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Plant J. 2008 Apr;54(1):81-92. Epub 2007 Dec 15.

Interplay between JA, SA and ABA signalling during basal and induced resistance against Pseudomonas syringae and Alternaria brassicicola.

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Laboratory of Molecular and Cellular Biology, Institute of Botany, University of Neuchâtel, Rue Emile-Argand 11, Case Postale 158, 2009 Neuchâtel, Switzerland.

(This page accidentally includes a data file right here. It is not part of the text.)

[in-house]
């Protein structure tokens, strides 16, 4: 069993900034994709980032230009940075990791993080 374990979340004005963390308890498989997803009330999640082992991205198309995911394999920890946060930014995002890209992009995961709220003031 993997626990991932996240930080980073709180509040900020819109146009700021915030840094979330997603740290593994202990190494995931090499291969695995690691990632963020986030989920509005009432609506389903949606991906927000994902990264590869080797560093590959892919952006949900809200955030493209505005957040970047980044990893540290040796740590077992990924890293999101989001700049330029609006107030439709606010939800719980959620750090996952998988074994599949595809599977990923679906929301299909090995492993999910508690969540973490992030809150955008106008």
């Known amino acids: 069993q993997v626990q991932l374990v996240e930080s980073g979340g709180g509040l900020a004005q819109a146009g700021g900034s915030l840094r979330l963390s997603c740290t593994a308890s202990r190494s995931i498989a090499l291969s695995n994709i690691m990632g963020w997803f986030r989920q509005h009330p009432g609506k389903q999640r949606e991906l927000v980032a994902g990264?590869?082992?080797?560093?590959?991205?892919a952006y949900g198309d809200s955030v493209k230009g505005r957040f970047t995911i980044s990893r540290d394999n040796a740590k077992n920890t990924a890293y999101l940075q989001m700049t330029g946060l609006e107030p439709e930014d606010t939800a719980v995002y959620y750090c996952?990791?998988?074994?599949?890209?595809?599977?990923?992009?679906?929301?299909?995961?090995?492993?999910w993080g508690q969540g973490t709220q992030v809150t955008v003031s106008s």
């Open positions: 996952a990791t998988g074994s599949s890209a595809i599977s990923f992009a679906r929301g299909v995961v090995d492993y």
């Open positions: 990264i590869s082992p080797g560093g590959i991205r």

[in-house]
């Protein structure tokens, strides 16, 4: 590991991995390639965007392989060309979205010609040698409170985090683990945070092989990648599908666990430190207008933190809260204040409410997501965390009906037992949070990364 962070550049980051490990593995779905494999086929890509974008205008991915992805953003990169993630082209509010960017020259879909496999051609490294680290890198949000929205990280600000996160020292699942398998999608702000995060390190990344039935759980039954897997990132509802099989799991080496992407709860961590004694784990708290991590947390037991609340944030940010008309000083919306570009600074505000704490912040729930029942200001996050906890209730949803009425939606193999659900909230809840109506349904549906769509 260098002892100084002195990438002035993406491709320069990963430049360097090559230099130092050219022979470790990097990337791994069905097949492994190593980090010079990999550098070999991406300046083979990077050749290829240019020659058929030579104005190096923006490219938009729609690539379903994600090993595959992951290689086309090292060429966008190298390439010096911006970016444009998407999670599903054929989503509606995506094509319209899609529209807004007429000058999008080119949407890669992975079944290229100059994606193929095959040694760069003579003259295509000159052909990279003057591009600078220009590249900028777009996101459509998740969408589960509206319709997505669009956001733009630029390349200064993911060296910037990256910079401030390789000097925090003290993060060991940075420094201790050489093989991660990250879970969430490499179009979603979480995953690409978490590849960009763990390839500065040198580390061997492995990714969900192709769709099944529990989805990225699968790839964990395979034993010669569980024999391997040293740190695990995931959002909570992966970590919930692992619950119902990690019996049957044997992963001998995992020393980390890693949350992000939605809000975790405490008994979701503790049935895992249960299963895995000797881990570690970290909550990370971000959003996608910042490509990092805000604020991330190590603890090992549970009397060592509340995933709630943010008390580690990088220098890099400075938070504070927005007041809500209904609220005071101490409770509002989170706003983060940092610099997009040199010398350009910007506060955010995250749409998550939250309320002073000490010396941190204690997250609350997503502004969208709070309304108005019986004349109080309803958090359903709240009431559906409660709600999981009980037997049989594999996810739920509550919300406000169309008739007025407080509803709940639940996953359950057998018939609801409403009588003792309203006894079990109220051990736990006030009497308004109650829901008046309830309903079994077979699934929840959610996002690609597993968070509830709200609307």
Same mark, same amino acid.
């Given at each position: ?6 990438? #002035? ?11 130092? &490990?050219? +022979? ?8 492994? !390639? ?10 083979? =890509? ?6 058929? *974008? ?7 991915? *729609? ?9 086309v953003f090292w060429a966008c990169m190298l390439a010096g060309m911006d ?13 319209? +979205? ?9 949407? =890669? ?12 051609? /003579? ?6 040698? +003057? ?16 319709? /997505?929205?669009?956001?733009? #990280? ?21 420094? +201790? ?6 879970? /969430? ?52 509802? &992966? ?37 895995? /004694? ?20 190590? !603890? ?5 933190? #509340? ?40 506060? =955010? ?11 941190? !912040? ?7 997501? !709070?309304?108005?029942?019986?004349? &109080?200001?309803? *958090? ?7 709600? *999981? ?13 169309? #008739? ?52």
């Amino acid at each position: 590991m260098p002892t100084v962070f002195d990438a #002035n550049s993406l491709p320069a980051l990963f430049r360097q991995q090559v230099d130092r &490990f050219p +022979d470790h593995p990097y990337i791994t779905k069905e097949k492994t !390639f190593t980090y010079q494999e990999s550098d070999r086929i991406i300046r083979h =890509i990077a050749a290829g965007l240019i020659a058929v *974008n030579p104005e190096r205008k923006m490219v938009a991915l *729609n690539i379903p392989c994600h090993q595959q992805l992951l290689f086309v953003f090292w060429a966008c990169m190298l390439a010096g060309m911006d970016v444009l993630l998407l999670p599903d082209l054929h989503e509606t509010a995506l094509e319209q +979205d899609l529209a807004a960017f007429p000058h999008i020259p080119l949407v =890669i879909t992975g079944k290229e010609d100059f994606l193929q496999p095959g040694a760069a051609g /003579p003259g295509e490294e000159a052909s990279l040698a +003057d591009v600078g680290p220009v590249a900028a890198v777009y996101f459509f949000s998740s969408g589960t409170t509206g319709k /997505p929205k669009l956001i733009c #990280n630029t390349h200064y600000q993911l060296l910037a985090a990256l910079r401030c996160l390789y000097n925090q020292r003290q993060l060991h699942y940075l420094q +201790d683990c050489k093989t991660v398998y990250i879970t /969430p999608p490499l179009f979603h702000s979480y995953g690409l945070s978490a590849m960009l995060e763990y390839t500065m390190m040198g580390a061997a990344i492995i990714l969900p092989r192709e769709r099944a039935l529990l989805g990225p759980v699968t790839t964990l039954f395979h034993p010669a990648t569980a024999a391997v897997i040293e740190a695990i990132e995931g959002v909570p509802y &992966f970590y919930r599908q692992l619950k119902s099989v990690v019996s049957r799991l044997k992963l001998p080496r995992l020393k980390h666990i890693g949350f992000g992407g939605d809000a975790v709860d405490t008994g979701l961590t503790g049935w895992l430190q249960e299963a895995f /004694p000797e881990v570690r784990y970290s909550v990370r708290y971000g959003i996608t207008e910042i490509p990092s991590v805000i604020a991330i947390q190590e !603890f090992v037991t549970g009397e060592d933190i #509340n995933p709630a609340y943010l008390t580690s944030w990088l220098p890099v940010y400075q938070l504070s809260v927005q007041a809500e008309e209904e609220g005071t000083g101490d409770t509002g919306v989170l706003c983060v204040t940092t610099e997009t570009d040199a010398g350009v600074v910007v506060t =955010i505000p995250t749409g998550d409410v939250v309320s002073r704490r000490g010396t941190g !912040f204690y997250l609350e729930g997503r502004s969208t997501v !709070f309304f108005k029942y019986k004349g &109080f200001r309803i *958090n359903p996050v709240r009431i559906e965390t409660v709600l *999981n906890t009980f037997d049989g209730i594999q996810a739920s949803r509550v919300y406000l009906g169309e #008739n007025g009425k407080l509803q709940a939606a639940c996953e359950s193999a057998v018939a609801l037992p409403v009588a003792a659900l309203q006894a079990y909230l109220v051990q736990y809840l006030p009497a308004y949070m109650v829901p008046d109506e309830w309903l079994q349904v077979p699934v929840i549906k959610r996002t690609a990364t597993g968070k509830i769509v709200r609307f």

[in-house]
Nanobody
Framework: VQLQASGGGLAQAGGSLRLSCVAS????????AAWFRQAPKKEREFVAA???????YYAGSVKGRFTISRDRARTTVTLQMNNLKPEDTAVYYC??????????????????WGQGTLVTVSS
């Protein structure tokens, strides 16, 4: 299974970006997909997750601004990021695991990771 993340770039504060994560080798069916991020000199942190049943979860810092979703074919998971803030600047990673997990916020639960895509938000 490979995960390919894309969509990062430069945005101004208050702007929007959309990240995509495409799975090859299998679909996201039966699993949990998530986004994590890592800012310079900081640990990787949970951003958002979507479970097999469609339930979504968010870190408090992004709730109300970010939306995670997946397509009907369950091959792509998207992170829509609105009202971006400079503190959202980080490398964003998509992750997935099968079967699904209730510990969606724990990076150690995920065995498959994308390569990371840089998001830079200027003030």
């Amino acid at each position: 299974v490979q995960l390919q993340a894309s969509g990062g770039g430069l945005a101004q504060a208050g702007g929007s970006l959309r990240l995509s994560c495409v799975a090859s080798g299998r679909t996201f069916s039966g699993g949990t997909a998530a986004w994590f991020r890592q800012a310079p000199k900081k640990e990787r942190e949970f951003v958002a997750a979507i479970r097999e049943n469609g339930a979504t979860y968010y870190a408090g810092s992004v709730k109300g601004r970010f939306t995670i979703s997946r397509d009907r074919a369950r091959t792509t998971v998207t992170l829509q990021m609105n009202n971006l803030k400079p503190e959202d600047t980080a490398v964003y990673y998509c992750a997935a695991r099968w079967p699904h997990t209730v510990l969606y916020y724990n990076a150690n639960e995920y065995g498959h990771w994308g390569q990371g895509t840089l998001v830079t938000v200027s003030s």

We have examined the role of the callose synthase PMR4 in basal resistance and beta-aminobutyric acid-induced resistance (BABA-IR) of Arabidopsis thaliana against the hemi-biotrophic pathogen Pseudomonas syringae and the necrotrophic pathogen Alternaria brassicicola. Compared to wild-type plants, the pmr4-1 mutant displayed enhanced basal resistance against P. syringae, which correlated with constitutive expression of the PR-1 gene. Treating the pmr4-1 mutant with BABA boosted the already elevated levels of PR-1 gene expression, and further increased the level of resistance. Hence, BABA-IR against P. syringae does not require PMR4-derived callose. Conversely, pmr4-1 plants showed enhanced susceptibility to A. brassicicola, and failed to show BABA-IR. Wild-type plants showing BABA-IR against A. brassicicola produced increased levels of JA. The pmr4-1 mutant produced less JA upon A. brassicicola infection than the wild-type. Blocking SA accumulation in pmr4-1 restored basal resistance, but not BABA-IR against A. brassicicola. This suggests that the mutant's enhanced susceptibility to A. brassicicola is caused by SA-mediated suppression of JA, whereas the lack of BABA-IR is caused by its inability to produce callose. A. brassicicola infection suppressed ABA accumulation. Pre-treatment with BABA antagonized this ABA accumulation, and concurrently potentiated expression of the ABA-responsive ABI1 gene. Hence, BABA prevents pathogen-induced suppression of ABA accumulation, and sensitizes the tissue to ABA, causing augmented deposition of PMR4-derived callose.

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